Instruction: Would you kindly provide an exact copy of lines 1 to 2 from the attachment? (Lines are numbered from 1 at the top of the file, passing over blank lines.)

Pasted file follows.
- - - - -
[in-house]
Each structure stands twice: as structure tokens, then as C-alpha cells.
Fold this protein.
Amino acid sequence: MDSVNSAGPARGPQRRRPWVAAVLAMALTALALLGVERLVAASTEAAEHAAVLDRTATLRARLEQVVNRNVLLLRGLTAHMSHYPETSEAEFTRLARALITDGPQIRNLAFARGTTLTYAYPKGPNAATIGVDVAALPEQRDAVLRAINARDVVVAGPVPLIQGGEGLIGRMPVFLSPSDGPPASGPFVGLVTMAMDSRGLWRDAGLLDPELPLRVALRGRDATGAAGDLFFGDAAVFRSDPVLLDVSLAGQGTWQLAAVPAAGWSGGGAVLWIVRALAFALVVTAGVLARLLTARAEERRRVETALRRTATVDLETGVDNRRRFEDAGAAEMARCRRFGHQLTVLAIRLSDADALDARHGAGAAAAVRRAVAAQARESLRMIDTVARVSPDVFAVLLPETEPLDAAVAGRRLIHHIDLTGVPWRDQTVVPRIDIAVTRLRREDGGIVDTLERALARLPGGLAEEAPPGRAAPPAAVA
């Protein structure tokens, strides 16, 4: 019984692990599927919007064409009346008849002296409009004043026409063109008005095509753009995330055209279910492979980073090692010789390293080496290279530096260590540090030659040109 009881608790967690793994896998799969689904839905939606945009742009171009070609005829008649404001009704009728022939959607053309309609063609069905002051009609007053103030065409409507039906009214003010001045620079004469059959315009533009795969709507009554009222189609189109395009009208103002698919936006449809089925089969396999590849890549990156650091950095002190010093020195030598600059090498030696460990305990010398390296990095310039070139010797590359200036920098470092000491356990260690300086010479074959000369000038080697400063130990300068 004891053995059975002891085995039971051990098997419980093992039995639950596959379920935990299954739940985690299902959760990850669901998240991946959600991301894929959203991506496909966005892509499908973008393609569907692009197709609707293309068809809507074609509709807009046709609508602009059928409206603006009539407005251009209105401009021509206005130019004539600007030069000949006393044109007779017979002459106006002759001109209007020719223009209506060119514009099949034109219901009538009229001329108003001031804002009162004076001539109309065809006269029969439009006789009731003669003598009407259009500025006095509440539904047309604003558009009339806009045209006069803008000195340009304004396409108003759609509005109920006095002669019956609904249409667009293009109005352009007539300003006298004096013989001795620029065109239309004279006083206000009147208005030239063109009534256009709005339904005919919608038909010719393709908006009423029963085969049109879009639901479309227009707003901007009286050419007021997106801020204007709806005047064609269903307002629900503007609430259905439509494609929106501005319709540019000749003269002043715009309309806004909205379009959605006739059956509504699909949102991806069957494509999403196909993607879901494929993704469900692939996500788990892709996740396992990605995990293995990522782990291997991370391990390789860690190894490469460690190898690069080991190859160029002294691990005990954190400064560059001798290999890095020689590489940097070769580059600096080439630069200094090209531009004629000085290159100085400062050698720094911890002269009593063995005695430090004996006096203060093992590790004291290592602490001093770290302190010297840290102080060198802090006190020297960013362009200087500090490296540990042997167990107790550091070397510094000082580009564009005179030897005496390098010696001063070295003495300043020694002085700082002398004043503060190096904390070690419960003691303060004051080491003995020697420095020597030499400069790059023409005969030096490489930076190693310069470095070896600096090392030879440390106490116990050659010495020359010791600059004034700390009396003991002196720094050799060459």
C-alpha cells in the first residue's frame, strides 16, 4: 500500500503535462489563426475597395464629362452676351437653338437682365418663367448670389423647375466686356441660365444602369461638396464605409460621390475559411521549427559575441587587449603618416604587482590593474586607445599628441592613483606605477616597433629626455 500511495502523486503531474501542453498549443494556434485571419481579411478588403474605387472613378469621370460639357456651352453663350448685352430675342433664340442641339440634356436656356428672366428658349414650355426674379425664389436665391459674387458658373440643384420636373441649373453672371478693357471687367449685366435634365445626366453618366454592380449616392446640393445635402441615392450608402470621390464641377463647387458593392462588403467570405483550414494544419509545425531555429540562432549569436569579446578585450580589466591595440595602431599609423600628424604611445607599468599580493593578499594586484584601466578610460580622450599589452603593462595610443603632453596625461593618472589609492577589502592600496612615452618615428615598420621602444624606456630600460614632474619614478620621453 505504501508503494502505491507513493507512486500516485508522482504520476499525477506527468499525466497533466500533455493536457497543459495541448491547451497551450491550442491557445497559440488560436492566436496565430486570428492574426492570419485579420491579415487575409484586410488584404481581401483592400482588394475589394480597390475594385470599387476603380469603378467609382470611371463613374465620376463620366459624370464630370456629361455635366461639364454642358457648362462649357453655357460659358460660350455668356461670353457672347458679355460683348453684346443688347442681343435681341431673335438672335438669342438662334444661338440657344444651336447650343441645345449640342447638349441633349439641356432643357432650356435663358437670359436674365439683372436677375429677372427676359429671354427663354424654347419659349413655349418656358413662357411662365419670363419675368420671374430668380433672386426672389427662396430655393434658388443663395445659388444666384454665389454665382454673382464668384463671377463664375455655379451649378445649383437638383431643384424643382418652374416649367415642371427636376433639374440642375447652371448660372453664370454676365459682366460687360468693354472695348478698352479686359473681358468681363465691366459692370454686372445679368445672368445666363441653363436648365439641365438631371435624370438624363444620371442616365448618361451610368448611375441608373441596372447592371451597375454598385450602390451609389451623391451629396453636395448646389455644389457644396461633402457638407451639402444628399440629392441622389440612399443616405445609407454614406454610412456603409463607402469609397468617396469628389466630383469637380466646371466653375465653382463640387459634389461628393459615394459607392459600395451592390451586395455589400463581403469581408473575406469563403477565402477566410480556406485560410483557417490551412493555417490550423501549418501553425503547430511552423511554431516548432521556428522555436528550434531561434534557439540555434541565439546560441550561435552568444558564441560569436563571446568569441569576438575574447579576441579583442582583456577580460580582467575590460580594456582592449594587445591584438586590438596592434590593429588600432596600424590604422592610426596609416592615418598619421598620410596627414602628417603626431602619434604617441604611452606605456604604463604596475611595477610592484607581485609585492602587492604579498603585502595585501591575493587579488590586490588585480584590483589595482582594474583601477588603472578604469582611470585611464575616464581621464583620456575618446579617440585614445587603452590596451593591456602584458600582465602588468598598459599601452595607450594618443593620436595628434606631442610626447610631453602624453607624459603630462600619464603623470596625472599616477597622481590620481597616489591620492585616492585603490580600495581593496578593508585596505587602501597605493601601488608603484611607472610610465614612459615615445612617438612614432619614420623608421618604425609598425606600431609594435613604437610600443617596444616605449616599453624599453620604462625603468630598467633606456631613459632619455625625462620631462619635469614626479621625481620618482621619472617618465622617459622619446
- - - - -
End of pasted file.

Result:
[in-house]
Each structure stands twice: as structure tokens, then as C-alpha cells.